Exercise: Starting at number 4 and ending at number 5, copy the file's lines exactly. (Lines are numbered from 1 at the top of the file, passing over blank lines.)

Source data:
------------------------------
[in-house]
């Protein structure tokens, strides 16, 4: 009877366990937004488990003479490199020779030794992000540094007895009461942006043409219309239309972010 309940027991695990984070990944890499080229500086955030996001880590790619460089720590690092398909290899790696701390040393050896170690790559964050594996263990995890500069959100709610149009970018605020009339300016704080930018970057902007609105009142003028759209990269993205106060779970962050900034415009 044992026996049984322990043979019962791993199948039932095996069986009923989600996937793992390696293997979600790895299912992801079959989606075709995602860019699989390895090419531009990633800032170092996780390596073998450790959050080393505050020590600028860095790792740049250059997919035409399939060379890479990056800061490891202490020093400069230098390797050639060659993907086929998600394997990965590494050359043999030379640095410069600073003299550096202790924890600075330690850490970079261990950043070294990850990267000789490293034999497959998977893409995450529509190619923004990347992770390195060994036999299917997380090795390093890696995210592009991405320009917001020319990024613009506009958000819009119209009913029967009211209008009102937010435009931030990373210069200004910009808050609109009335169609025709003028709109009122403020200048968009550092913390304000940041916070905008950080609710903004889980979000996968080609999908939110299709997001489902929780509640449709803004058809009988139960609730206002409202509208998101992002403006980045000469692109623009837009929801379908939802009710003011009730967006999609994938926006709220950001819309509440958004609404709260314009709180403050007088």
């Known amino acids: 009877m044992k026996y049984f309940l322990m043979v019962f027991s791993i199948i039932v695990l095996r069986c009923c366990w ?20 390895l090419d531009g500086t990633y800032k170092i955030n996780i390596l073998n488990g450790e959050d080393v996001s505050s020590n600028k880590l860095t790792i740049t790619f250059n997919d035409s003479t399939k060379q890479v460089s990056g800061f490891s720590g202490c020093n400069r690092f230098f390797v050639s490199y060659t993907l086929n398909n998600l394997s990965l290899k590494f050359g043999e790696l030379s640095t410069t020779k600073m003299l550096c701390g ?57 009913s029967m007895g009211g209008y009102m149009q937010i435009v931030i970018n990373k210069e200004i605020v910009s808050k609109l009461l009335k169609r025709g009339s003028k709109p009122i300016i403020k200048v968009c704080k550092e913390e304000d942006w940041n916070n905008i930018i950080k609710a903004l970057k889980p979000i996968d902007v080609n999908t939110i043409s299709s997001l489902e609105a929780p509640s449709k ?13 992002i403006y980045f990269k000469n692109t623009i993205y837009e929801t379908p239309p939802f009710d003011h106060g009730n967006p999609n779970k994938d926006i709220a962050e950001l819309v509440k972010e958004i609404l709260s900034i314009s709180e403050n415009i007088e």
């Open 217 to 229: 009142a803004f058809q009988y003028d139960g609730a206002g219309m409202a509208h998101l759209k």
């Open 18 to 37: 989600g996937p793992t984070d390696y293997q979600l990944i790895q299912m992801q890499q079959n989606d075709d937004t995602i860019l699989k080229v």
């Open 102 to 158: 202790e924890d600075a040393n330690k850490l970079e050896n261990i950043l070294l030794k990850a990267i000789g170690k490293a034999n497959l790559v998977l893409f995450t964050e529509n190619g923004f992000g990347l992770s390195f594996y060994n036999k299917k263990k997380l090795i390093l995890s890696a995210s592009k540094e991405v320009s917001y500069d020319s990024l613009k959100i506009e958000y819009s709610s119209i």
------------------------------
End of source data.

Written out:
């Open 217 to 229: 009142a803004f058809q009988y003028d139960g609730a206002g219309m409202a509208h998101l759209k």
């Open 18 to 37: 989600g996937p793992t984070d390696y293997q979600l990944i790895q299912m992801q890499q079959n989606d075709d937004t995602i860019l699989k080229v």